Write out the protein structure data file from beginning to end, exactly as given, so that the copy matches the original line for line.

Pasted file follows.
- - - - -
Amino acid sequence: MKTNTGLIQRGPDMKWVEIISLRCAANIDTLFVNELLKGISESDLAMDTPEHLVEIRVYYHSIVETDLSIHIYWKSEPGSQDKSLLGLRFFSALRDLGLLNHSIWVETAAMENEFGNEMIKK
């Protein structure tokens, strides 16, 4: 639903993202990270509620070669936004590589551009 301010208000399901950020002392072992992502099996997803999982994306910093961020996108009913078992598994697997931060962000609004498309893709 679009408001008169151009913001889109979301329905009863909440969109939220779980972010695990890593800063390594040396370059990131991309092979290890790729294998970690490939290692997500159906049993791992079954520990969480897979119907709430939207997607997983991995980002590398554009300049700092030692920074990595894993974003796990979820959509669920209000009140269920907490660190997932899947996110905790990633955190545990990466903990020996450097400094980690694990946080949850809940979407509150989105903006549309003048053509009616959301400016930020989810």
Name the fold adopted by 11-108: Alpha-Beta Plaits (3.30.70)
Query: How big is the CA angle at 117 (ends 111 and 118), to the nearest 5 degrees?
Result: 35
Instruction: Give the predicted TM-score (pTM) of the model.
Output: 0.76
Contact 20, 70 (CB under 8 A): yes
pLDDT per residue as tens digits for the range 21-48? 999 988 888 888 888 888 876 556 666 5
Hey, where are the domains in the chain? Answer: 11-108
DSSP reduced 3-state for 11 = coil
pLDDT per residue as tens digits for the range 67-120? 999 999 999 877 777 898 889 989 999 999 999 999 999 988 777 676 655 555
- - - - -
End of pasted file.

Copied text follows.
Amino acid sequence: MKTNTGLIQRGPDMKWVEIISLRCAANIDTLFVNELLKGISESDLAMDTPEHLVEIRVYYHSIVETDLSIHIYWKSEPGSQDKSLLGLRFFSALRDLGLLNHSIWVETAAMENEFGNEMIKK
């Protein structure tokens, strides 16, 4: 639903993202990270509620070669936004590589551009 301010208000399901950020002392072992992502099996997803999982994306910093961020996108009913078992598994697997931060962000609004498309893709 679009408001008169151009913001889109979301329905009863909440969109939220779980972010695990890593800063390594040396370059990131991309092979290890790729294998970690490939290692997500159906049993791992079954520990969480897979119907709430939207997607997983991995980002590398554009300049700092030692920074990595894993974003796990979820959509669920209000009140269920907490660190997932899947996110905790990633955190545990990466903990020996450097400094980690694990946080949850809940979407509150989105903006549309003048053509009616959301400016930020989810």
Name the fold adopted by 11-108: Alpha-Beta Plaits (3.30.70)
Query: How big is the CA angle at 117 (ends 111 and 118), to the nearest 5 degrees?
Result: 35
Instruction: Give the predicted TM-score (pTM) of the model.
Output: 0.76
Contact 20, 70 (CB under 8 A): yes
pLDDT per residue as tens digits for the range 21-48? 999 988 888 888 888 888 876 556 666 5
Hey, where are the domains in the chain? Answer: 11-108
DSSP reduced 3-state for 11 = coil
pLDDT per residue as tens digits for the range 67-120? 999 999 999 877 777 898 889 989 999 999 999 999 999 988 777 676 655 555